At a Senate hearing on voting rights last fall, Democrat Dick Durbin pointed out that voter ID laws were nothing more than a coordinated Republican effort to block poor and minority voters from the ballot. It’s a familiar charge, and Hans Von Spakovsky—Heritage Foundation fellow and leading voter ID proponent—squirmed briefly, before finding an out: “I don’t believe that the Democrats in Rhode Island who control...the state legislature would agree with that.”
There’s a reason voter ID supporters have turned Rhode Island into a talking point: Of the eight states to pass photo ID laws in 2011, only Rhode Island had a fully Democratic legislature and a liberal governor. What’s more, black and Latino lawmakers were among the most vocal supporters of the July bill. Since then, Republicans have been happily invoking the law to rebut liberal accusations that voter ID laws are reviving Jim Crow-era tactics to disenfranchise minorities. If voter fraud is indeed taking place in Rhode Island, it would lend some credence to GOP talking points. But does the Rhode Island law actually represent good faith electoral reform?
Voter ID bills are nominally designed to safeguard against voter impersonation, but this argument is generally considered dubious, since there is scant evidence of such fraud. (Ari Berman in Rolling Stone and Ryan Reilly in TPM have done an admirable job outlining the problems with voter ID justifications.) Rhode Island, where voter impersonation has never been proven, is no exception. But anxiety over voter fraud carries particular weight in the Ocean State, which has a long legacy of political corruption. The author of the bill, Rhode Island Secretary of State Ralph Mollis (a Democrat), told me he introduced it not in response to specific charges of impersonation, but to “address the perception of voter fraud.” Local journalist Ted Nesi echoed the sentiment, telling me, “People in Rhode Island assume everyone’s on the take.”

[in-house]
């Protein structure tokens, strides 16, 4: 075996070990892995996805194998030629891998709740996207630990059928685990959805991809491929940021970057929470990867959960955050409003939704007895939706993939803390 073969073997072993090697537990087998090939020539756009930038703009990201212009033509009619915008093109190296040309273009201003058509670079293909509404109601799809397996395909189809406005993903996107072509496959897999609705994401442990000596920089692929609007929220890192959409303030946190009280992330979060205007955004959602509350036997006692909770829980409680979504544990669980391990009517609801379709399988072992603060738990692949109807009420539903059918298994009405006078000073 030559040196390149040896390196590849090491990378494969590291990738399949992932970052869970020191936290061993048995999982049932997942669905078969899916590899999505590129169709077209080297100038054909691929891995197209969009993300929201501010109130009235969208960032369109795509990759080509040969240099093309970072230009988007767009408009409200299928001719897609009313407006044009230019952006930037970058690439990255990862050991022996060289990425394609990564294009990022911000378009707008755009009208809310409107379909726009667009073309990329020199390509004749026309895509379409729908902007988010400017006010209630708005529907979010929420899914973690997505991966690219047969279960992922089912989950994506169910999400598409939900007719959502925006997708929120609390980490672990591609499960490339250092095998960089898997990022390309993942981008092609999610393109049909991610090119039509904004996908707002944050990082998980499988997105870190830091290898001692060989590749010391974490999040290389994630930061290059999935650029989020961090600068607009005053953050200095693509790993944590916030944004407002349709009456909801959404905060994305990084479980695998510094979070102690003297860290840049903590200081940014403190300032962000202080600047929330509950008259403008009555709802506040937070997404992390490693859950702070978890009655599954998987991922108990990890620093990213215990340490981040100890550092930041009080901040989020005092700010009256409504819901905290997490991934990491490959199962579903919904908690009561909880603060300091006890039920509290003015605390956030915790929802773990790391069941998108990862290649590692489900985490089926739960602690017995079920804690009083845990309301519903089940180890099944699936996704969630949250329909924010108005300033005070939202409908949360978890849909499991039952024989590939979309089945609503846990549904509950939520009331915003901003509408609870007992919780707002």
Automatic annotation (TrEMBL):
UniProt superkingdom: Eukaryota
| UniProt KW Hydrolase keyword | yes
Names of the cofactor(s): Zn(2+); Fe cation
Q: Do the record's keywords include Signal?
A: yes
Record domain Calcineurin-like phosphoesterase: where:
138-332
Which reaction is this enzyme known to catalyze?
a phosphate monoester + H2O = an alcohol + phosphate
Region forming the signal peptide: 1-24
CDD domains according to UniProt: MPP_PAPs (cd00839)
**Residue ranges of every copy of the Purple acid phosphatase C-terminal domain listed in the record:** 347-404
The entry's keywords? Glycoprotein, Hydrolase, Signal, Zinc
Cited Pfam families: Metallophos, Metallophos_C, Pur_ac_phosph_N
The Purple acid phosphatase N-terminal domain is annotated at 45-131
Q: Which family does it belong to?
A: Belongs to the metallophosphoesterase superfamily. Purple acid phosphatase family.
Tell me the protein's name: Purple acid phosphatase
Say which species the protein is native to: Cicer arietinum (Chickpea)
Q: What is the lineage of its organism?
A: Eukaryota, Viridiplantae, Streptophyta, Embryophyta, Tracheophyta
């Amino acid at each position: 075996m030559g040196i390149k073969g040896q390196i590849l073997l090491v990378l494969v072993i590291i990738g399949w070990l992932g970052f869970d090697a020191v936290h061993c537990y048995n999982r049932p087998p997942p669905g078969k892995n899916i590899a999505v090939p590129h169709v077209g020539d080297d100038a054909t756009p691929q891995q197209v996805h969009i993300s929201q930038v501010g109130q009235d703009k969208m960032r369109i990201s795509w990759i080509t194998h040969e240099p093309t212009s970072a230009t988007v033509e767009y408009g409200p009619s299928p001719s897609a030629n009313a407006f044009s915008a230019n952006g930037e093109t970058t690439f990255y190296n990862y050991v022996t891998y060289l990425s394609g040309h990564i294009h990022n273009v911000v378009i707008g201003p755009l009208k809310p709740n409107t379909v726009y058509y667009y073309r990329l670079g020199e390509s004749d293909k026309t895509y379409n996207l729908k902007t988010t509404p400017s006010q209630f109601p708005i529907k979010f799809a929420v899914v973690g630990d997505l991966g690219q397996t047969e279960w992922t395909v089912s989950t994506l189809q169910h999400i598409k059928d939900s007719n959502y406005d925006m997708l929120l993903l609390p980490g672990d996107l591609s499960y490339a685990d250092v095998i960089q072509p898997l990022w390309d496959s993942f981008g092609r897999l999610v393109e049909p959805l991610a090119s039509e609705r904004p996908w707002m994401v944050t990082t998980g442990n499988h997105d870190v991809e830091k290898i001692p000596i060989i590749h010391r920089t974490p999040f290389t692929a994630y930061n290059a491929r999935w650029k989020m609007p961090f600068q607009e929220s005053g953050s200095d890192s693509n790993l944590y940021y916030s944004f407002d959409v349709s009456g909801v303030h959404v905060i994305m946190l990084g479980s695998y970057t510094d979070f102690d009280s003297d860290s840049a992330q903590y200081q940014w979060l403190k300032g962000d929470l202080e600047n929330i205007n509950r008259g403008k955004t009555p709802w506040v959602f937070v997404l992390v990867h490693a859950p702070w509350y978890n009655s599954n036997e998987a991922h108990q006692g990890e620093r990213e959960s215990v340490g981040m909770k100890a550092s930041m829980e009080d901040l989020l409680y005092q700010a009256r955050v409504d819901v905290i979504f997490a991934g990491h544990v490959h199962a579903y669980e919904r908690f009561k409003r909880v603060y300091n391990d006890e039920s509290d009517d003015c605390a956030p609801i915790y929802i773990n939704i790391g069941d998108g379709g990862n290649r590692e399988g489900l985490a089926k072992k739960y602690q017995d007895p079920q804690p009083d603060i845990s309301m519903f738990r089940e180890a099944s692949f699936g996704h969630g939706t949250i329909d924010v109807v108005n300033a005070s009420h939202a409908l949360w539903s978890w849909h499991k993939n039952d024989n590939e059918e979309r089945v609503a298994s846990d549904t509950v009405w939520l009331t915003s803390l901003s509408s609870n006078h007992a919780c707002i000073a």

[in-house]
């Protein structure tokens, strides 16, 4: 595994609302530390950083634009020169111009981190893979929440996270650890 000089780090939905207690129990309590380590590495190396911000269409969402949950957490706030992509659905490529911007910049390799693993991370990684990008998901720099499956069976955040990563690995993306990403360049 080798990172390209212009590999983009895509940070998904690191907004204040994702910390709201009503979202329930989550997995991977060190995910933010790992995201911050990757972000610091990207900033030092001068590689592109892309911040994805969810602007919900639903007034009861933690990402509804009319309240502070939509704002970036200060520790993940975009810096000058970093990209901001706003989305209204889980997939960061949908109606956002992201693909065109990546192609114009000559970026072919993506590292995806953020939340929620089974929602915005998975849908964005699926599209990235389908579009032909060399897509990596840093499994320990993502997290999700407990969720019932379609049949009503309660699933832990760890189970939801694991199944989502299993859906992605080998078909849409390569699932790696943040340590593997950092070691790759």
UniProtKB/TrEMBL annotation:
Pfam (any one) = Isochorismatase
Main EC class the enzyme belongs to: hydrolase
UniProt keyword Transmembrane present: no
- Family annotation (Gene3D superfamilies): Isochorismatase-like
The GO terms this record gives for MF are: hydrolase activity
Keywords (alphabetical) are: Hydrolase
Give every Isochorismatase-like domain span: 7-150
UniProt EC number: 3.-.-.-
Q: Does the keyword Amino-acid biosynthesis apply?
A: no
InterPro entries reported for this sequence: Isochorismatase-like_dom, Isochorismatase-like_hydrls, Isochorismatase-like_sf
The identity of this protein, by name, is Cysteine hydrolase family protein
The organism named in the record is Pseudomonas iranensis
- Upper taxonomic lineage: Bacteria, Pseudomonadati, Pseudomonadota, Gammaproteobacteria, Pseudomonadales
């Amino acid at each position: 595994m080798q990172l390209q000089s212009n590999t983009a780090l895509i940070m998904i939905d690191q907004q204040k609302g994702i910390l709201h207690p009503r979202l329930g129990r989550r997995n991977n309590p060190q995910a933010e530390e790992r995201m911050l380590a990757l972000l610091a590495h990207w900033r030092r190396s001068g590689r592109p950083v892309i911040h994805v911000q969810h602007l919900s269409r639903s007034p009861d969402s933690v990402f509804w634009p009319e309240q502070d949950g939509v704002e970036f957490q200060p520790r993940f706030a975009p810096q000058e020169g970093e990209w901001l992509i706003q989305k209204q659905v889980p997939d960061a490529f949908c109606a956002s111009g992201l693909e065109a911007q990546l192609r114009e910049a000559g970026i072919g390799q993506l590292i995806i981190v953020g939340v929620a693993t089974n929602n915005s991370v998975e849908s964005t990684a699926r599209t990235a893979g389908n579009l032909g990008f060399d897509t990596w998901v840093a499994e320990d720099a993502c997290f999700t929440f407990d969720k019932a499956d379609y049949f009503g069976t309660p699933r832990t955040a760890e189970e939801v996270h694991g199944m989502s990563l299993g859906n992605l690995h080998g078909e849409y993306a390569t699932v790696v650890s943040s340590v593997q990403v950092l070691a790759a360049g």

To back up their suspicions, voter ID supporters have tales of corruption. I heard a number of lurid testimonials of voter impersonation ostensibly taking place on the South Side of Providence. (None have been substantiated.) African American City Councilman Wilbur Jennings told me that his 2006 opponent, Leon Tejada, illegally registered people from other wards; former Councilwoman Joan DiRuzzo also blamed her first ever loss, to a Hispanic challenger in 2010, on text-message coordinated voter impersonation. Some accusations were more specific. State representative Anastasia Williams, who identifies as African American and Panamanian-American, told me that in 2006 her vote was stolen by an illegal alien who was promised a passport by a state official. During the 2010 elections, she says she saw a Hispanic man vote twice at the same polling place, wearing a different outfit each time. (“What caught my eye was [he] was a hottie,” she added.)
How does this alleged voter fraud work? According to Williams, a candidate hires a “recruiter,” who obtains a list of likely non-voters, and then pays willing foot soldiers to cast ballots in their place. A large Hispanic man who calls himself “El Macho” and works for the Providence Water Supply Board is rumored to be the most prominent recruiter. George Lindsey, a prominent South Providence African American, told me that candidates have long paid El Macho five or six thousand dollars per election. “What he’ll tell you is he’s basically a hired gun.”